Remote Indian Reservation Tackles Arsenic with Adsorption Technology—and a Helicopter

Dec. 9, 2014
Arsenic removal technology helps Grand Canyon Indian reservation comply with EPA standards

Supai, Ariz., the capital of the Havasupai Indian Reservation in the western Grand Canyon, is one of the most remote villages in the U.S. The nearest surfaced road is nearly nine miles away, and the town is the only place in the country where mail is still carried out by mules. These facts would prove to be significant challenges when the U.S. Environmental Protection Agency (EPA) established its more stringent arsenic maximum contaminant level (MCL) of 10 ppb, effective in 2006.

Project Background

Soon after the new arsenic MCL took effect, the Havasupai Water Treatment Plant—along with many other treatment plants, particularly in the Southwest—was found not to be compliant. Using only chlorination to treat the arsenic contamination so common in Arizona and surrounding states, the arsenic levels of the Reservation’s water sources ranged from 10 to 12 ppb—lower than levels found in drinking water elsewhere in the region, but still higher than EPA standards.

In response, the Havasupai Reservation began a search for a treatment system that would help it meet EPA standards. Ultimately, they chose Severn Trent Services’ SORB 33 arsenic removal system, utilizing Bayoxide E33 arsenic removal media over other options such as coagulation/filtration. The reservation is in good company, as approximately 150 SORB systems are currently in use at water treatment facilities throughout the West and Southwest.

Benefits of Iron Oxide Adsorption

The SORB 33 arsenic removal system is simple to operate and requires no cleaning, no regeneration and no complex, labor-intensive steps. It is a fixed-bed adsorption system, employing a simple "pump and treat" process that flows pressurized well or spring water through a fixed-bed pressure vessel containing the iron-oxide media. Arsenic has a high affinity for iron-oxide-based minerals and can adsorb quickly to the surface of the media. This makes granular iron oxide media, such as Bayoxide, excellent for arsenic removal. Both arsenite (arsenic III) and arsenate (arsenic V) oxyanions are removed from water via a combination of oxidation, adsorption, occlusion (adhesion) or solid-solution formation by reaction with ferric oxide ions.

Other contaminants common to groundwater also have a high affinity for iron-based minerals. This creates competition among ions, resulting in less arsenic being adsorbed per volume of treated water. But Bayoxide E33 is specifically designed to adsorb arsenic while reducing competition with other ions, thus improving the arsenic-adsorbing potential of the media.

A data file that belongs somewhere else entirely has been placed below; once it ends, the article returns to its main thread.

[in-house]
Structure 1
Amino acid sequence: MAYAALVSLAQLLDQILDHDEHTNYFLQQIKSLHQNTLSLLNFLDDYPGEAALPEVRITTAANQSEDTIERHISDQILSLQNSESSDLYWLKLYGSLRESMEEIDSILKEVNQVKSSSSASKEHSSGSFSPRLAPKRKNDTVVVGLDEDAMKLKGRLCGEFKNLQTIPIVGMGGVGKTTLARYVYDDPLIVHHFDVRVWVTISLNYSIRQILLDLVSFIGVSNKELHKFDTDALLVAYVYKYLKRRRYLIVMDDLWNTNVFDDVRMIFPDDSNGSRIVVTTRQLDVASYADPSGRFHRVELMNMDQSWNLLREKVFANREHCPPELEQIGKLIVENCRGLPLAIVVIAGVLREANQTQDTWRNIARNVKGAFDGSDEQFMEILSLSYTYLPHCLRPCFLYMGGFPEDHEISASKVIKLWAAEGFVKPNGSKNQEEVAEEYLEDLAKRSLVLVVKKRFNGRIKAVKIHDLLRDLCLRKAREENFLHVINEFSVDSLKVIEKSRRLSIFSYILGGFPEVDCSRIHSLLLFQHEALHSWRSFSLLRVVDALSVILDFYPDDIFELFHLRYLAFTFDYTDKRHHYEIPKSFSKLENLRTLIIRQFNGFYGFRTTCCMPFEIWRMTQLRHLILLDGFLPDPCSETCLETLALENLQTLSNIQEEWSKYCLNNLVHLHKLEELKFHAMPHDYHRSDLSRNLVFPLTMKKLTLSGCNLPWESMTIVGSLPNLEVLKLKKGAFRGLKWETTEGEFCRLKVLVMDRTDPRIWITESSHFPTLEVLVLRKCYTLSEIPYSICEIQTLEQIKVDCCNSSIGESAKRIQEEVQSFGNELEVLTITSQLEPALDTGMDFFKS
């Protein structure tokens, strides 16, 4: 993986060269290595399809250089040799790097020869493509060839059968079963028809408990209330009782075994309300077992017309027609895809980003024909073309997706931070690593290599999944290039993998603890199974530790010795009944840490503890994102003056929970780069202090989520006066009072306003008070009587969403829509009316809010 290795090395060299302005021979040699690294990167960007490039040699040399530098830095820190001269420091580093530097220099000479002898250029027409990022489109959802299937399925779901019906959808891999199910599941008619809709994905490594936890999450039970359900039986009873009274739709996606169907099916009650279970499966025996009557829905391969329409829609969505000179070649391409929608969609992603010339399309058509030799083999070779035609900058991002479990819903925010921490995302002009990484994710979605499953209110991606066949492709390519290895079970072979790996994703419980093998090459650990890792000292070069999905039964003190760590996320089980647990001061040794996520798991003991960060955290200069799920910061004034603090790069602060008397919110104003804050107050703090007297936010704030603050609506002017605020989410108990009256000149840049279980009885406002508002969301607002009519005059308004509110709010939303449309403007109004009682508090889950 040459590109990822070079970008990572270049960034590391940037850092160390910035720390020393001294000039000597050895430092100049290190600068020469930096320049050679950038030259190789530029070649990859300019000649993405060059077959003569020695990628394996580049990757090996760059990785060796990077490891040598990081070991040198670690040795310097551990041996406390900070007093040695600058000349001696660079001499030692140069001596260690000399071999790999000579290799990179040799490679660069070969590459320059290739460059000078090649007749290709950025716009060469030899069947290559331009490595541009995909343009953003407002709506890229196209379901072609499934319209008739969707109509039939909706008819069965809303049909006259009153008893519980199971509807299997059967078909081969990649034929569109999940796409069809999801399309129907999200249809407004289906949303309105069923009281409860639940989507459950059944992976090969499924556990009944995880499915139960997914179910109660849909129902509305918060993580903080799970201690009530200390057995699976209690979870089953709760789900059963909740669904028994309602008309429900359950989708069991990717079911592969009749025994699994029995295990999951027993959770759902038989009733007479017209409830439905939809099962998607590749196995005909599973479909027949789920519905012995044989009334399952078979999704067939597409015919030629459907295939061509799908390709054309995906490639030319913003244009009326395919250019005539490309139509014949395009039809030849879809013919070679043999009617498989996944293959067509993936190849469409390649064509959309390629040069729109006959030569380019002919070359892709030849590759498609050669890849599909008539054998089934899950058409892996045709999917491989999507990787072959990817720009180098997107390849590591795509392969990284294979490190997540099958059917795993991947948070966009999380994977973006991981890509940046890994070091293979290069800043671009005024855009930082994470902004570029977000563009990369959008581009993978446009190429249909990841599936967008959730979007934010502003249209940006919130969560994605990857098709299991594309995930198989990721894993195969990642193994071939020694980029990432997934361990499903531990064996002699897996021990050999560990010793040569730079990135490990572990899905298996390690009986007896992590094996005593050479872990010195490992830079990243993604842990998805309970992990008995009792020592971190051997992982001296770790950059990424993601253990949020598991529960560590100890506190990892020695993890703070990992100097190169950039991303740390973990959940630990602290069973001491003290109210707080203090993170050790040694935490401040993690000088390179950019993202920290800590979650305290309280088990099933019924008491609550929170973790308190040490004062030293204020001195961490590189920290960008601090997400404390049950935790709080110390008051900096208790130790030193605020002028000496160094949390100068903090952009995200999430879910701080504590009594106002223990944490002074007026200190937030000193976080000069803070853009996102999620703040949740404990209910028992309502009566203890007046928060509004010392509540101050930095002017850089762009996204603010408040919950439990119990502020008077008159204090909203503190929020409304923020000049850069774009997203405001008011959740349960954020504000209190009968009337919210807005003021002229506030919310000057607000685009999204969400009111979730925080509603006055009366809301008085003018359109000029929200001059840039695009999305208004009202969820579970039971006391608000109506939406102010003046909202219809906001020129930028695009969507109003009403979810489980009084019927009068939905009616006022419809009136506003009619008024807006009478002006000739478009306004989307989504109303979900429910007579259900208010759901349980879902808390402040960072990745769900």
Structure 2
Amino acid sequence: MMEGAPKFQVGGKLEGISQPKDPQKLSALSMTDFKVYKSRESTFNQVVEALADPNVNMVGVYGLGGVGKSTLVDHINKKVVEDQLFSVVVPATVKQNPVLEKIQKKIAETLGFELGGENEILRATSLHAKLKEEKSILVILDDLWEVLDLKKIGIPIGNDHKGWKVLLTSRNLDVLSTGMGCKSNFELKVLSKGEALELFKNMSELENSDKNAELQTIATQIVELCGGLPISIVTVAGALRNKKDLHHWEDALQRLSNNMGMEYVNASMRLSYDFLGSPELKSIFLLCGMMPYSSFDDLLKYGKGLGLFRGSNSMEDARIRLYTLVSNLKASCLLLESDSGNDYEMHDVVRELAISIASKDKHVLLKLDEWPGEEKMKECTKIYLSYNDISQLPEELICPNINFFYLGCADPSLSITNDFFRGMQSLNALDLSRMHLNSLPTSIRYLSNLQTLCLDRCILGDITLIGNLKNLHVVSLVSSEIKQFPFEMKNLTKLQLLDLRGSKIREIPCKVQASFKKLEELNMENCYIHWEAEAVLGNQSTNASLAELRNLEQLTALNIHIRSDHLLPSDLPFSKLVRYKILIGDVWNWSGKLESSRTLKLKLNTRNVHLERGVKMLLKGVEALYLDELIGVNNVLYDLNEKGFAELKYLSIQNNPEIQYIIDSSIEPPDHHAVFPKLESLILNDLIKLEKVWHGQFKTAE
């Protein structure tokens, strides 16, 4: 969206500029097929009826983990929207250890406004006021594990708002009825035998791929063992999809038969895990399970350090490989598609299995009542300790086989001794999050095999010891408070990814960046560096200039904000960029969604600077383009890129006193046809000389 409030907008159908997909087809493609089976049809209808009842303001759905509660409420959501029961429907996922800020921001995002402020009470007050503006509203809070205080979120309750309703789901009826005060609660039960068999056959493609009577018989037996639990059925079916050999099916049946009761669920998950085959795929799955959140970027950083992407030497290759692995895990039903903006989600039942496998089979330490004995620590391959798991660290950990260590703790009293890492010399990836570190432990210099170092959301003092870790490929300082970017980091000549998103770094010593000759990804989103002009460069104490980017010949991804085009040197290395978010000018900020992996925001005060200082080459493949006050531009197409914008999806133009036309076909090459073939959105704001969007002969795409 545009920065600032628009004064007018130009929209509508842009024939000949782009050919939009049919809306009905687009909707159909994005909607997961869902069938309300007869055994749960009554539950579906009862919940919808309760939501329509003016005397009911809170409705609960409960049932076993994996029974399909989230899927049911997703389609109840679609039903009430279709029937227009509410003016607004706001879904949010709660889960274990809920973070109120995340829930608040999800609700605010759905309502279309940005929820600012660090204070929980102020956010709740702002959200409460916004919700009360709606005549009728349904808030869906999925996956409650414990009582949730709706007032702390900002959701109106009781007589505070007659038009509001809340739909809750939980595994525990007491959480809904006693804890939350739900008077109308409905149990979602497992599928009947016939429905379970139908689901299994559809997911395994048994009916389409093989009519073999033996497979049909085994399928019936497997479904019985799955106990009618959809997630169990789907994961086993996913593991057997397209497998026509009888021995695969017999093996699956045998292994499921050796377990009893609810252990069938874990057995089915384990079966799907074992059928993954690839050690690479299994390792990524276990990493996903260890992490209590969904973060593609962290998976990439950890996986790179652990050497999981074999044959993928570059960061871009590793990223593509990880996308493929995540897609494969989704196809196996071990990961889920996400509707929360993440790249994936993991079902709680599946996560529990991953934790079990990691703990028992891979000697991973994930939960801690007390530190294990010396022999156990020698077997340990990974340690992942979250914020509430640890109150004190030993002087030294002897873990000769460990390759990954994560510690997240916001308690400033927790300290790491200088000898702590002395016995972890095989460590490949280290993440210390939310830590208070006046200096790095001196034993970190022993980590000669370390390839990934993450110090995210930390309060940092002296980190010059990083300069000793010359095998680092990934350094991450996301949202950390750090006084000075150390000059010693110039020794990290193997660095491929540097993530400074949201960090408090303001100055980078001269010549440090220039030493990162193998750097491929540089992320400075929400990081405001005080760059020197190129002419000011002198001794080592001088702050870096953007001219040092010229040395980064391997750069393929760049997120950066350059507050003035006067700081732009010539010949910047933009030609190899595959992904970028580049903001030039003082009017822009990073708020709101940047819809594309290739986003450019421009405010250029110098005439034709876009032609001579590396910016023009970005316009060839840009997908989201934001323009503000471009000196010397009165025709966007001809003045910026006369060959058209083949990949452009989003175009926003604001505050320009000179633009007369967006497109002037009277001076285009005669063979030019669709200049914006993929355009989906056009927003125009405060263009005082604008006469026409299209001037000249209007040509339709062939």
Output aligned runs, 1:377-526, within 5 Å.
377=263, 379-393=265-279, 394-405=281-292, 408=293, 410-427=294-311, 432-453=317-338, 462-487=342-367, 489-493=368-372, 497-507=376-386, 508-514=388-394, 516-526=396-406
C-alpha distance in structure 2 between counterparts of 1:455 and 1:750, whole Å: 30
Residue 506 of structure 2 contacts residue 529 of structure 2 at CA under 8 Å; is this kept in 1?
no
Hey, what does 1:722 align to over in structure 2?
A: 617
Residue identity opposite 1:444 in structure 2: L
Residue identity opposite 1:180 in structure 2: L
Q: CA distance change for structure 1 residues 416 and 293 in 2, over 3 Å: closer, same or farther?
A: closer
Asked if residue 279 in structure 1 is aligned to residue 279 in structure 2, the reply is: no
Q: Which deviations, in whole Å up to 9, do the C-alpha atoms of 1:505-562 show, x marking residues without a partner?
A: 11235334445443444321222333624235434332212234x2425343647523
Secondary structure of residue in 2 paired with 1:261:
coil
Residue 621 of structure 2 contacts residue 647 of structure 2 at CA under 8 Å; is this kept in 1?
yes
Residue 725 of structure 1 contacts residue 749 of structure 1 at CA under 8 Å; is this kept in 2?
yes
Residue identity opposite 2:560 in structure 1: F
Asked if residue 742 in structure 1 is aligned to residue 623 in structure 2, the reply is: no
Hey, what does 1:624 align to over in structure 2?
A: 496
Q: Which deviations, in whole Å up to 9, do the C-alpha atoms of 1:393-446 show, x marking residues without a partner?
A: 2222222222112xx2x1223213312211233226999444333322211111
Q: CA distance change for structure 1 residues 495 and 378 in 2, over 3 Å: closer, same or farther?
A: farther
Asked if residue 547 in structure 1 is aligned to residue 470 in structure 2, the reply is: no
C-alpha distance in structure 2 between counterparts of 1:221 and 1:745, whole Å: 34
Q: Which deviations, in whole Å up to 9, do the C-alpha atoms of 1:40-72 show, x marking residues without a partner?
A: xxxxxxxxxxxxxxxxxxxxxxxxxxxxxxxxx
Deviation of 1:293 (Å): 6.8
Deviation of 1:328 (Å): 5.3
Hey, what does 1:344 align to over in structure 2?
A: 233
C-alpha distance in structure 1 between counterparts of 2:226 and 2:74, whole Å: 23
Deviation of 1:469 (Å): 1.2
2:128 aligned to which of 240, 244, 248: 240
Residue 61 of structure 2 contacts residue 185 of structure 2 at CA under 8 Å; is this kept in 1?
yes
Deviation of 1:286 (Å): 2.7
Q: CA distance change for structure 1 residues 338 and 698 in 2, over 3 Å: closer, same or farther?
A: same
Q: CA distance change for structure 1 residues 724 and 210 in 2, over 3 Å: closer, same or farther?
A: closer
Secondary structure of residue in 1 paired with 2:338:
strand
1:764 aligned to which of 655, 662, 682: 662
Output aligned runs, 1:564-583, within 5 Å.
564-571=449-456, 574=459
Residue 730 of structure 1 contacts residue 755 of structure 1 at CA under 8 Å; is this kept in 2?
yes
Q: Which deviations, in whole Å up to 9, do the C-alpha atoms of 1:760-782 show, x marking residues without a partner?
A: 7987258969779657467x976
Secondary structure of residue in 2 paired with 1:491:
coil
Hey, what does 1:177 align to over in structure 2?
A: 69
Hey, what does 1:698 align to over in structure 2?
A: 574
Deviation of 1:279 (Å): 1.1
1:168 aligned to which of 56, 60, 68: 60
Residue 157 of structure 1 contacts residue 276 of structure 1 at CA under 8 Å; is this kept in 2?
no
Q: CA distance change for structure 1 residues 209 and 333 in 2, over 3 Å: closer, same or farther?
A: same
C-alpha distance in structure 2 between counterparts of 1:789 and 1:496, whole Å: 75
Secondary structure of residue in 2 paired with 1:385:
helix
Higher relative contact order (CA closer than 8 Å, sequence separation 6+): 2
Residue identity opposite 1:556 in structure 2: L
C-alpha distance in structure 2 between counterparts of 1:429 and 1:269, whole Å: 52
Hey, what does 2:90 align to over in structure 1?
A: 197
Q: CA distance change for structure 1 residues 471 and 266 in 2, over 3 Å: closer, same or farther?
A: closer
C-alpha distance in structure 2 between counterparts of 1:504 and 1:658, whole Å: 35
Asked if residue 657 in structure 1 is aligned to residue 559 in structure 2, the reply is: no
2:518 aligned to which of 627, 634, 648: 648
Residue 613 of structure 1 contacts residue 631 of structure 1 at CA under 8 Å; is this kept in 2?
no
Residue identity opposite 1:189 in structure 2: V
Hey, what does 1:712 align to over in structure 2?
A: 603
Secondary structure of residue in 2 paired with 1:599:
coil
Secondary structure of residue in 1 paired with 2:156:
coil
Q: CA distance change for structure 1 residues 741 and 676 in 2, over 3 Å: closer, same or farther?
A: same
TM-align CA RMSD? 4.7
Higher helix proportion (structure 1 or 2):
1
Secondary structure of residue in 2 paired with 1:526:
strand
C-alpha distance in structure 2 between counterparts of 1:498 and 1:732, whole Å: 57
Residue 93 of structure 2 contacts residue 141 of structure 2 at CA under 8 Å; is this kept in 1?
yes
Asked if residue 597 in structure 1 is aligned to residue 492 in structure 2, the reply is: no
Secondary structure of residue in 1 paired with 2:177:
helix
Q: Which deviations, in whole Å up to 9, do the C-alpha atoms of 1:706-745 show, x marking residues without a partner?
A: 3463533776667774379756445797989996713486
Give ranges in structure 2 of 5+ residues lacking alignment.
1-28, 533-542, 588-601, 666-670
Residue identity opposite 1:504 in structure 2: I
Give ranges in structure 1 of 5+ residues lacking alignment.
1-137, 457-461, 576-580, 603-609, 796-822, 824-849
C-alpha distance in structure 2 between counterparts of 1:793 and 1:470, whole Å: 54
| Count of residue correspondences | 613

The SORB system is easy to operate, and even with the cost of replacing the media in two to three years, the system’s operation and maintenance costs are considerably less than the coagulation/filtration process. In addition, the system generates much less waste than coagulation/filtration—not an insignificant benefit given the inability to simply remove waste sludge by truck in this remote location.

The Challenge: How to Deliver the System

Because of the reservation’s remote location, the SORB 33 ARS-48T system was helicoptered in to Supai. To accommodate the unusual delivery method, the SORB vessels were not mounted to a triplex, structural steel skid, as the equipment typically is shipped. Instead, each vessel was shipped complete with individual face piping only. Piping headers for influent, effluent and rinse/waste were shipped loose for reassembly by Technologies Construction of Prescott, Ariz.

The SORB system consists of three pressure vessels, each measuring four feet in diameter, capable of treating 200 gpm. Operating in parallel, the vessels contain three feet of the Bayoxide media each. Sixty to 80 percent of the influent flow to the plant is bypassed.

After going into operation in October 2014, water from the Havasupai Plant has been fully compliant with EPA standards.

“We are very happy with the SORB system," said Armando Marshall, the Havasupai facilities and maintenance manager. "We heard of the high level of performance the system achieved at other treatment facilities in the region, and our system’s performance has certainly matched our high expectations.”

Martin Lawrence is process engineer - inorganic contaminants for Severn Trent Services. Lawrence can be reached at [email protected] or 813.886.9331.

About the Author

Martin Lawrence

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